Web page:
For treating dairy effluents, there are aerobic and anaerobic processes, such as oxidation ponds, aerobic lagoons, activated sludge process, bio filters, root zone absorption, anaerobic filters and sludge blanketing process. The Up-flow Anaerobic Sludge Blanket process (UASB) has been found to be one of the most successful ways for primary treatment of dairy effluent where biological oxygen demand (BOD) load can be reduced to 90 per cent.

In the UASB process, dairy effluent is fed from the bottom of a reactor and flows upward through the biologically formed sludge blanket comprising tiny particles. Various gases produced under anaerobic conditions cause internal circulation, which helps in formation and maintenance of biological sludge. Some of the gas produced within the sludge blanket gets attached to the biological granules. The free gas and the particles with the attached gas rise to the top of the reactor and gets collected for further use.

Biogas produced in a UASB reactor contains by volume 65-80 per cent methane, 15 to 25 per cent carbon dioxide and traces of nitrogen, hydrogen, sulphur dioxide, moisture etc. Advantages of UASB process are:

  • Biogas can be used for heating and generation of electricity
  • Organic matter is almost fully degraded and reduces sludge
  • Emission of greenhouse gases is reduced.
  • A clean environment is obtained as the obnoxious odours are almost eliminated.
  • Clean treated water produced for irrigation or other uses.
  • The system has ability to take shock loads


Essential components of a UASB system

Oil/grease is removed from raw effluent, after which the effluent is sent to a collection tank from where it goes to an equalisation tank. A primary clarifier is employed to remove the floating scum and the left over oil. The effluent is then led to the buffer tank to feed the UASB reactor. Part of the treated effluent from the outlet of reactor is re-circulated to maintain the suspended sludge in the reactor.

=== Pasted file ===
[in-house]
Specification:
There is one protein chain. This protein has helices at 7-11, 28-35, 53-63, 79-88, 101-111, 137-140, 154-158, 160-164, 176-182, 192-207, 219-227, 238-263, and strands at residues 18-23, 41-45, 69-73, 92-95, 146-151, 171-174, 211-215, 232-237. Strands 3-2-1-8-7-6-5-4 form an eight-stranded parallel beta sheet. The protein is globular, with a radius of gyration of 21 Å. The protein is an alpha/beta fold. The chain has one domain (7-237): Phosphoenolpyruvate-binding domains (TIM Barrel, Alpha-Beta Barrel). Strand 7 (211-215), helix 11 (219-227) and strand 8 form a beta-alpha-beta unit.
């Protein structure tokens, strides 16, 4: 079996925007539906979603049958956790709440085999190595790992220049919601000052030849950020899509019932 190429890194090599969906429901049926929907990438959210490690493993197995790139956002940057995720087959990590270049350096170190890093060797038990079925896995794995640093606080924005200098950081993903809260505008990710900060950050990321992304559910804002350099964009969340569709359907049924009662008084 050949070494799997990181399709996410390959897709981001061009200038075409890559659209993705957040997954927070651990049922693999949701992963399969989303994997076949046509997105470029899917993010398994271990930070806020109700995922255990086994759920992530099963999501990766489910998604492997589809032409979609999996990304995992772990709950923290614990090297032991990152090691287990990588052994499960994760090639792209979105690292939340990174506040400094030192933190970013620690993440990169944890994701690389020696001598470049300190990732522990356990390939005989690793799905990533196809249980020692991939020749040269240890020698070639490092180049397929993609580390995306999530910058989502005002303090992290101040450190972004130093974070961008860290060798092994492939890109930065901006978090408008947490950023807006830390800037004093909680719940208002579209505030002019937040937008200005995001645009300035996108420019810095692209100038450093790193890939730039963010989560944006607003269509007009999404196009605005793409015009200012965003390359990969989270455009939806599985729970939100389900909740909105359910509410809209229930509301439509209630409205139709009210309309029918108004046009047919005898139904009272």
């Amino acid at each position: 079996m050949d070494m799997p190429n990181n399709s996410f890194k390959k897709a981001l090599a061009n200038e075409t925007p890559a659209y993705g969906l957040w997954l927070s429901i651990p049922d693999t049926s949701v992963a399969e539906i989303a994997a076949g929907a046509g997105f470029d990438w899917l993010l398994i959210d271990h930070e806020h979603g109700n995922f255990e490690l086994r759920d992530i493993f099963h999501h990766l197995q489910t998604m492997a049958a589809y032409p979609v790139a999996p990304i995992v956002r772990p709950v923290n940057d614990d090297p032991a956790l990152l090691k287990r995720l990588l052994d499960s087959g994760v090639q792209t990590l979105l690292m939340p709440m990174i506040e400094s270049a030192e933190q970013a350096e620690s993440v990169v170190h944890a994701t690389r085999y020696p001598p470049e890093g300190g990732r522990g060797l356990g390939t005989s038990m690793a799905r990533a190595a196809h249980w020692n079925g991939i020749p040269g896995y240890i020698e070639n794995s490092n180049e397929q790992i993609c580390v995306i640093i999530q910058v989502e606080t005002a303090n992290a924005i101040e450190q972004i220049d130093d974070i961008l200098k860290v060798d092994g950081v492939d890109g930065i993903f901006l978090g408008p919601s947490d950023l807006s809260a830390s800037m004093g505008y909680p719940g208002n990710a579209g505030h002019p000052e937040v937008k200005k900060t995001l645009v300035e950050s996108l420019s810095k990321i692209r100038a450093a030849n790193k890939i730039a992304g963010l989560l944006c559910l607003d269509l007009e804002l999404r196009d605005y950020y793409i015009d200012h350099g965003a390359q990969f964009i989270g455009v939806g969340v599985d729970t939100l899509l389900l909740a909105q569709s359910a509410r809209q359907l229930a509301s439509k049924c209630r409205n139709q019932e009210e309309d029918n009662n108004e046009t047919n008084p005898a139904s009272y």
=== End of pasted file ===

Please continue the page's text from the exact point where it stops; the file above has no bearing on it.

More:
Usually, anaerobic treatment is followed by aerobic treatment, secondary treatment and finally clarified to get the treated effluent of desired parameters (Figure 1). Sludge settled at the bottom of the secondary clarifier is re-circulated to aeration tank so as to maintain micro-flora. The excess sludge, if any, is taken to sludge drying beds.

Figure 1: UASB treatment scheme for dairy effluent


Anaerobic digester

Anaerobic digester (Figure 2) is the heart of UASB system. The organic material in the effluent is decomposed in an anaerobic condition by micro-flora that lives in oxygen free environment. During this process, organic nitrogen compounds are converted to ammonia, sulfur compounds to hydrogen sulfide, phosphorus to orthophosphates; and calcium, magnesium, and sodium to various salts. End products of anaerobic digestion are: natural gas (mainly methane), a nutrient rich organic sludge and inorganic products. There are three main groups of bacteria involved in anaerobic digestion. These are: hydrolyzing bacteria (solubilizing bacteria), acetogenic bacteria (acetate forming bacteria), and, methanogenic bacteria (methane forming bacteria). The digestion process is divided into four sub processes:


Figure 2: Anaerobic digester/reactor


  1. Hydrolysis process: The insoluble constituents such as carbohydrate, fat, protein etc. are converted into soluble organic constituents such as simple sugars, fatty acids, and amino acids. This is carried out by hydrolyzing bacteria through the release of extra-cellular enzymes.
  2. Acidogenesis process: At this step the products obtained are converted to lower molecular intermediate products such as alcohol, butyric acid, propionic acid, ammonia, hydrogen, carbon dioxide, hydrogen sulfide and a variety of short chain volatile organic acids.
  3. Acetogenesis process: At this step, acetogenic bacteria convert the fermentation products in earlier steps into acetic acid, acetate, hydrogen and carbon dioxide.